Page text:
6 Steps to Effective Multitasking

Multitasker, Duplo-Thinkpad

Multitasking is getting bad rap. We know the research: multitasking doesn’t work, it causes us to work sloppily by not focusing on one thing for the duration.


I get it. And I agree, for the most part. But we’re usually multitasking in one way or another. If one activity doesn’t require much brain power, adding another on top of it might be ok. There are some ways to do it right, and do it well.


1. Watch a movie while you clean. Clearing out your junk drawer or filing papers is not rocket science, and sometimes having an interesting  (I don’t even know what rocket science is). Pull that drawer off it’s track and bring it to the spot, right in front of the tube and next to the popcorn bowl.


2. Make lists while sitting in the car ride line. Grocery lists, to do lists, lists of important ideas that came out of that work meeting. You have lists to make. Don’t pretend you’ll ever cross everything off, just get the stuff down on paper or on your hard drive (just don’t tap the bumper of the car ahead of you).


3. Ditto for the doctor’s waiting room, the mechanic’s office, etc. We spend a lot of time waiting. Use it to your advantage. Maybe you catch up on current events, maybe you read with your child: it’s all good.


4. Supervise your children while you work. When you’re home with kids, you’re usually multitasking. You have to keep your mind on your kids while you sweep floors, prepare meals, and take conference calls. As much as we want to sit down and stare at them and their cute little actions all day, we just can’t. Throughout the day, find things your child can do to help in the same room or vicinity as you (depending on age and maturity). In the kitchen, kids can assist with meals. If you’re a Work at Home Parent, put those kids to work on appropriate tasks in the home office.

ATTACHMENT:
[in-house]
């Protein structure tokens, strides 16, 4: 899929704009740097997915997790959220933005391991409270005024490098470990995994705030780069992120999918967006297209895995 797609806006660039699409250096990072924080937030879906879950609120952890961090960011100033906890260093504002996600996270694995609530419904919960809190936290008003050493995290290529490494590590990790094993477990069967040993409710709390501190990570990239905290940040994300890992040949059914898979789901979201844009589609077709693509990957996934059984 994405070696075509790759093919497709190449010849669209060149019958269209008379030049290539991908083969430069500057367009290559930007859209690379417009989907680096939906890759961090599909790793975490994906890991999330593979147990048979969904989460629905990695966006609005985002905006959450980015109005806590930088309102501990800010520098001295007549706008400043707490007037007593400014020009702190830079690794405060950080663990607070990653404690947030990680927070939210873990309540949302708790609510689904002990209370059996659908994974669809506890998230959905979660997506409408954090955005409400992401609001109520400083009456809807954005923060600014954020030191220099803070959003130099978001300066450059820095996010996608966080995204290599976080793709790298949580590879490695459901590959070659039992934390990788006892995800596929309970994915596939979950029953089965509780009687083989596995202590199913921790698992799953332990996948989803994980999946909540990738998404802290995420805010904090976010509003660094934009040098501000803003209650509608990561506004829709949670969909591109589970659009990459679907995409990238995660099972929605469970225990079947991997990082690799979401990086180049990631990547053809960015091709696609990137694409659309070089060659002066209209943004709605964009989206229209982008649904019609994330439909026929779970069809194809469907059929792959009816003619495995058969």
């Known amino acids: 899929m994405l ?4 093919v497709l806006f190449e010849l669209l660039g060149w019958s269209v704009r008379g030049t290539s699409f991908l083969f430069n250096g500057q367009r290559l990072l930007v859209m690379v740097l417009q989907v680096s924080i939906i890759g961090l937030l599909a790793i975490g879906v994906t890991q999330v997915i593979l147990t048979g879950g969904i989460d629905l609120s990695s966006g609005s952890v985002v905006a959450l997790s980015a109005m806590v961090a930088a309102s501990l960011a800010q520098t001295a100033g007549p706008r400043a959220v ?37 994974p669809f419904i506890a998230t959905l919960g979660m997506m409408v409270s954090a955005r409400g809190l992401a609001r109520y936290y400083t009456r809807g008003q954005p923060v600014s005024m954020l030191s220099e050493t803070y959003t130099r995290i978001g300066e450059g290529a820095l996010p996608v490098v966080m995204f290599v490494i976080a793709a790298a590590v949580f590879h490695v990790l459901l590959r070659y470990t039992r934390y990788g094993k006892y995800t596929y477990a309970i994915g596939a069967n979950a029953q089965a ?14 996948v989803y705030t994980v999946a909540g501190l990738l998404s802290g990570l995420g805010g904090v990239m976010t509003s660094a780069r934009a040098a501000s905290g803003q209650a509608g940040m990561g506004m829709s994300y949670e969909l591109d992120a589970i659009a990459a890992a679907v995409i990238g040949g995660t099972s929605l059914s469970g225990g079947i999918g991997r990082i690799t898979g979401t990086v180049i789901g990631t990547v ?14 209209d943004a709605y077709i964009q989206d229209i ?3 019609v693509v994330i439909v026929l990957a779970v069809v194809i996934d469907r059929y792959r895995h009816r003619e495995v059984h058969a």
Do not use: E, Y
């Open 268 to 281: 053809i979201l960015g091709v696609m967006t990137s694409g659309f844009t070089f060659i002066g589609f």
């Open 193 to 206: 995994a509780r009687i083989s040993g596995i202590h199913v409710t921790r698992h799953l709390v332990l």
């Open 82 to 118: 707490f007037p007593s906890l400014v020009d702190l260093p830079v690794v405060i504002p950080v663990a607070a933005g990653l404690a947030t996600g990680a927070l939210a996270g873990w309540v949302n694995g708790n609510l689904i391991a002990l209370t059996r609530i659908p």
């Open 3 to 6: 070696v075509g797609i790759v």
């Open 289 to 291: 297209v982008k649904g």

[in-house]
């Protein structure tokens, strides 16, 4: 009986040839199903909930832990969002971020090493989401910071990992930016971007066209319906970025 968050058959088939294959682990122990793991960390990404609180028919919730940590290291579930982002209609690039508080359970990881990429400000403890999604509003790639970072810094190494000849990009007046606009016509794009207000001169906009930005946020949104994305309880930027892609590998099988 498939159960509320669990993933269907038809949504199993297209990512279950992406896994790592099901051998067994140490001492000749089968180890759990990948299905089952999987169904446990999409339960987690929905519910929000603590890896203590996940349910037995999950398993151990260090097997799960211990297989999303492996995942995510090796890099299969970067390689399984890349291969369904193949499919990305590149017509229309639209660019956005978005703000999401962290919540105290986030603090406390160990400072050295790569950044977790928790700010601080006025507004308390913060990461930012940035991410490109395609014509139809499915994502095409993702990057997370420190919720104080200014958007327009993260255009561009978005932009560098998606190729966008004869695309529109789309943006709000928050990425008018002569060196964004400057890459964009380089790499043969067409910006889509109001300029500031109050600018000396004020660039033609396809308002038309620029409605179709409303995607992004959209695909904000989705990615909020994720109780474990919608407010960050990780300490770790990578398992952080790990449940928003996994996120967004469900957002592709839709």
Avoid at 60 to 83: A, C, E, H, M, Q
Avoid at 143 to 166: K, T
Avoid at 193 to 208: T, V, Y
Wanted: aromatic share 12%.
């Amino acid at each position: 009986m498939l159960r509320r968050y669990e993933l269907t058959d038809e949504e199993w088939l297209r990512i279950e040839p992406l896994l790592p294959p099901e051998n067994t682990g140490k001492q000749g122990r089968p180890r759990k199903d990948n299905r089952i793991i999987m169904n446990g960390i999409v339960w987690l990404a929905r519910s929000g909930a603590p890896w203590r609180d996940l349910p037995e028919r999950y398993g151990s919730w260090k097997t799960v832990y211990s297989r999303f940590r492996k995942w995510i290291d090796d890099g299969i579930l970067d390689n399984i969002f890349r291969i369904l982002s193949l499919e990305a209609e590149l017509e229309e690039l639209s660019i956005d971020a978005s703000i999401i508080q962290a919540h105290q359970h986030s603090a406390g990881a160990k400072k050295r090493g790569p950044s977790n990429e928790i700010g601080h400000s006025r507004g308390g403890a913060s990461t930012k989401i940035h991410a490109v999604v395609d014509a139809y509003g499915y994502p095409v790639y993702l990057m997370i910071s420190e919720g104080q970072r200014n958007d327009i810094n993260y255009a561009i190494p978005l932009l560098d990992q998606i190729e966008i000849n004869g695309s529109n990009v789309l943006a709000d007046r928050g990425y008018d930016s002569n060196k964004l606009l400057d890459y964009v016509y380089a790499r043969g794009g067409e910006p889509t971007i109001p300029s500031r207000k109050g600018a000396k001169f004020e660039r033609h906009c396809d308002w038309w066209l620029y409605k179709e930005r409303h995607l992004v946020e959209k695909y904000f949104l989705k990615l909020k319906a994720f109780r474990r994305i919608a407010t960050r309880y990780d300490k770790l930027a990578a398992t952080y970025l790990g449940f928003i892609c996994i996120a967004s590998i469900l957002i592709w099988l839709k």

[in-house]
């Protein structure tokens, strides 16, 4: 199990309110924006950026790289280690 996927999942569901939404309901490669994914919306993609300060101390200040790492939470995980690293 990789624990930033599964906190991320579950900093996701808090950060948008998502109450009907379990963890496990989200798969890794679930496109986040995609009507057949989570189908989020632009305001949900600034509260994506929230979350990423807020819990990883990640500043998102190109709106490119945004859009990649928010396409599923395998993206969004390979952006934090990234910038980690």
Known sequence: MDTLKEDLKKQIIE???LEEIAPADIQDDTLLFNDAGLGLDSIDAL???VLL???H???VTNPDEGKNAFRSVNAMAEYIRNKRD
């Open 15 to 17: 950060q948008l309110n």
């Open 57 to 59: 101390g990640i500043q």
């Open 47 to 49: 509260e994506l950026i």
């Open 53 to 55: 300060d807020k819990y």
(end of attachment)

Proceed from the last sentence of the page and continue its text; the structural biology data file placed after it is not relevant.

5. Listen to podcasts while doing routine household chores. Stick in those ear buds and catch up on the information you’ve stored away. Like the movie idea, it takes the monotony out of chores that tend to get a little boring.


6. Capture your ideas on the go. This could be while exercising, walking to work, or taking public transportation: check out a few ideas here.


image credit: Flickr photo by Thomas Angermann

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